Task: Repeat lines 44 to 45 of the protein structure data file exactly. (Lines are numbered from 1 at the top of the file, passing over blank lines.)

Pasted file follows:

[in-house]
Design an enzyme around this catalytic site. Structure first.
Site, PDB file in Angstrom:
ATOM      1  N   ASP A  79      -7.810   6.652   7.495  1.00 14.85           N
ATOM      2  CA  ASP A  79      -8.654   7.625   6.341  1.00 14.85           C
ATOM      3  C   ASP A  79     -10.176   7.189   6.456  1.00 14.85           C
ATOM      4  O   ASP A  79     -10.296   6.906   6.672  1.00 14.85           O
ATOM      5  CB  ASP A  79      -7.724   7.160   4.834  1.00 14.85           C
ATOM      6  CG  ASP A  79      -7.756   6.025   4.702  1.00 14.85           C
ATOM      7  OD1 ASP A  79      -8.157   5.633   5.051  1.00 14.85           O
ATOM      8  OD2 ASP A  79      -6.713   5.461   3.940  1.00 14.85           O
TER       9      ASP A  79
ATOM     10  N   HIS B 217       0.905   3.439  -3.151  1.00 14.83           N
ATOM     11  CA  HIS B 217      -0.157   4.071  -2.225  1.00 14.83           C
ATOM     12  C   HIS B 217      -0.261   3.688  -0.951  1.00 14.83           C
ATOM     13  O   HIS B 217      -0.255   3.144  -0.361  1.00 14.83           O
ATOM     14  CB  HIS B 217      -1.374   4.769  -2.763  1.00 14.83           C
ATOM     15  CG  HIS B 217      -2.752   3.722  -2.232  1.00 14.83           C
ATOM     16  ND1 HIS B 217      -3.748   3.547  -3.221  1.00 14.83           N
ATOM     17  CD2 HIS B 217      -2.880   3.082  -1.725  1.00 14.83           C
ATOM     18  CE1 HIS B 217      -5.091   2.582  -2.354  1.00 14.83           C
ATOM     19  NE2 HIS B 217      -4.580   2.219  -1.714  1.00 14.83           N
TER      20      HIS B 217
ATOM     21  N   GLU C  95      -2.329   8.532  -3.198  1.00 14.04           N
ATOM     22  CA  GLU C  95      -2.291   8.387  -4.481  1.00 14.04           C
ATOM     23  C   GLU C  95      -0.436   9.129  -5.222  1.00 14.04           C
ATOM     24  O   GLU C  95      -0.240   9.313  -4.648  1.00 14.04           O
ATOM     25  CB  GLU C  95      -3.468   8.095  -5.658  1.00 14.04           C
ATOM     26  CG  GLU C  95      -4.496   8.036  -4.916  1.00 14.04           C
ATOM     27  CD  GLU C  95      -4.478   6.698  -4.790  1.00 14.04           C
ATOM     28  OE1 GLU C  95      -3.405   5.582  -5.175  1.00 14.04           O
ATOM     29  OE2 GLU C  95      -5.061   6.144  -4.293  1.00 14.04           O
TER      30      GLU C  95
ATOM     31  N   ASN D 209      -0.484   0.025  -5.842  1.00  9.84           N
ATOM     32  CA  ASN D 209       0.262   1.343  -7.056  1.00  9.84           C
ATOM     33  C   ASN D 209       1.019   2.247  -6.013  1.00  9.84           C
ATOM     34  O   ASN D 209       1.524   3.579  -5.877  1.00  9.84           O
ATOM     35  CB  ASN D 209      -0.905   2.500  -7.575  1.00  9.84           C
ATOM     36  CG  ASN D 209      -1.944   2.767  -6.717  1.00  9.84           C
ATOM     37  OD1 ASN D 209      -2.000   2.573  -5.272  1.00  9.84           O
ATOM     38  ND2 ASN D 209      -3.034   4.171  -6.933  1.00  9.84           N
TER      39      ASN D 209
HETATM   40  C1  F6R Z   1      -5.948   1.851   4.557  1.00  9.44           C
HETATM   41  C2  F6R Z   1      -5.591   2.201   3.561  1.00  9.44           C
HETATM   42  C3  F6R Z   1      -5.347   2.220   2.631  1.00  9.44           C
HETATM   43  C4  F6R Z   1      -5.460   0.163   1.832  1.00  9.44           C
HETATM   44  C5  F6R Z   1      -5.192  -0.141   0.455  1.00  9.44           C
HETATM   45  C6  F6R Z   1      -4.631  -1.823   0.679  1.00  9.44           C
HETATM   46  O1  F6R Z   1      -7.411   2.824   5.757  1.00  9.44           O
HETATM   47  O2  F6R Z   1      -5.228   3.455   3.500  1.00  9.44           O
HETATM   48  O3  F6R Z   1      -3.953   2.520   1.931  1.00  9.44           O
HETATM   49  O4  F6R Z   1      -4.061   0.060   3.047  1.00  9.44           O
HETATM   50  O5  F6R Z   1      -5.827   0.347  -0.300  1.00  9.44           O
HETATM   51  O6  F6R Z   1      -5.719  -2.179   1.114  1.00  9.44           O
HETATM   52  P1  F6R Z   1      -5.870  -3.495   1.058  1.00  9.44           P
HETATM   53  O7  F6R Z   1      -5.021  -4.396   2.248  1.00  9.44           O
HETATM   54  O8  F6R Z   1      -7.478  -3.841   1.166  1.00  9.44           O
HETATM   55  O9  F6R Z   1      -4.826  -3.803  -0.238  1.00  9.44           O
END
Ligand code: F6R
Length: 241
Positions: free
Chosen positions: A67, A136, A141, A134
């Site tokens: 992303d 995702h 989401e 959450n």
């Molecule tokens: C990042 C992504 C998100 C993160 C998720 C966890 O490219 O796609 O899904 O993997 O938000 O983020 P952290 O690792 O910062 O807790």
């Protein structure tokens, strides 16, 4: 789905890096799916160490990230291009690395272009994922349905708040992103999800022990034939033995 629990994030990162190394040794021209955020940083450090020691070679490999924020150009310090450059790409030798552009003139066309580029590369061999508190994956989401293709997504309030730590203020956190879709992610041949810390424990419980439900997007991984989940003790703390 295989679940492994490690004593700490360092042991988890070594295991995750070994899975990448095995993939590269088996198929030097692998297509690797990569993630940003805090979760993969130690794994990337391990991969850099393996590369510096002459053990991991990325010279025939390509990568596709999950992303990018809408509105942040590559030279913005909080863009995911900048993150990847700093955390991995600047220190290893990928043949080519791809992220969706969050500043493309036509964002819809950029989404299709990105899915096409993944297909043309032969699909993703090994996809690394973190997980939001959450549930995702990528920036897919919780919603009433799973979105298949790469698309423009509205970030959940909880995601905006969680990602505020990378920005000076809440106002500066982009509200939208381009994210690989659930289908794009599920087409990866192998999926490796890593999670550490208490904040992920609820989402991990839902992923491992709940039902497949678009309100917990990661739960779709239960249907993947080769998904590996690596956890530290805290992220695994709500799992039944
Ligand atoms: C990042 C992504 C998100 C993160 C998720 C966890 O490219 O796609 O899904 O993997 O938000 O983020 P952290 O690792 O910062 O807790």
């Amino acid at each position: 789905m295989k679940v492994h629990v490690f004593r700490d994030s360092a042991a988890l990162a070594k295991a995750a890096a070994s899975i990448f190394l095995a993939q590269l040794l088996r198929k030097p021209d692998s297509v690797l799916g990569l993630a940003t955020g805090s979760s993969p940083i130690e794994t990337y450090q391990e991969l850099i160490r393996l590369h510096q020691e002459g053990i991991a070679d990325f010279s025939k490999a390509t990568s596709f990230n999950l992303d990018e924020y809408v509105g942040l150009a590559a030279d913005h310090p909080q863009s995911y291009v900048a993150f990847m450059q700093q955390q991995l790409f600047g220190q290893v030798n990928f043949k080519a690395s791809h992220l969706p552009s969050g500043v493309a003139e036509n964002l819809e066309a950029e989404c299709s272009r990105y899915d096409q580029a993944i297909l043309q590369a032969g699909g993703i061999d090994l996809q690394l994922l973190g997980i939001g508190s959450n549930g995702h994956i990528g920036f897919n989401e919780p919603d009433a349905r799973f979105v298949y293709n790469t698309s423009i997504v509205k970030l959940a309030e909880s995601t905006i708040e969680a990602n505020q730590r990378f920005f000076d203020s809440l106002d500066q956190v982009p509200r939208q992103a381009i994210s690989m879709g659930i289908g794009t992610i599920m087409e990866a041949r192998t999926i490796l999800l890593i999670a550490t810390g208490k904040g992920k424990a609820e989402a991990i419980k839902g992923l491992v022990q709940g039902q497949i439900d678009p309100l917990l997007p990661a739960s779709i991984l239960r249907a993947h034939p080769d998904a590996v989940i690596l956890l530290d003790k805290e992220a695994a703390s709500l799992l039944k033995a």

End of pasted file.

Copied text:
HETATM   41  C2  F6R Z   1      -5.591   2.201   3.561  1.00  9.44           C
HETATM   42  C3  F6R Z   1      -5.347   2.220   2.631  1.00  9.44           C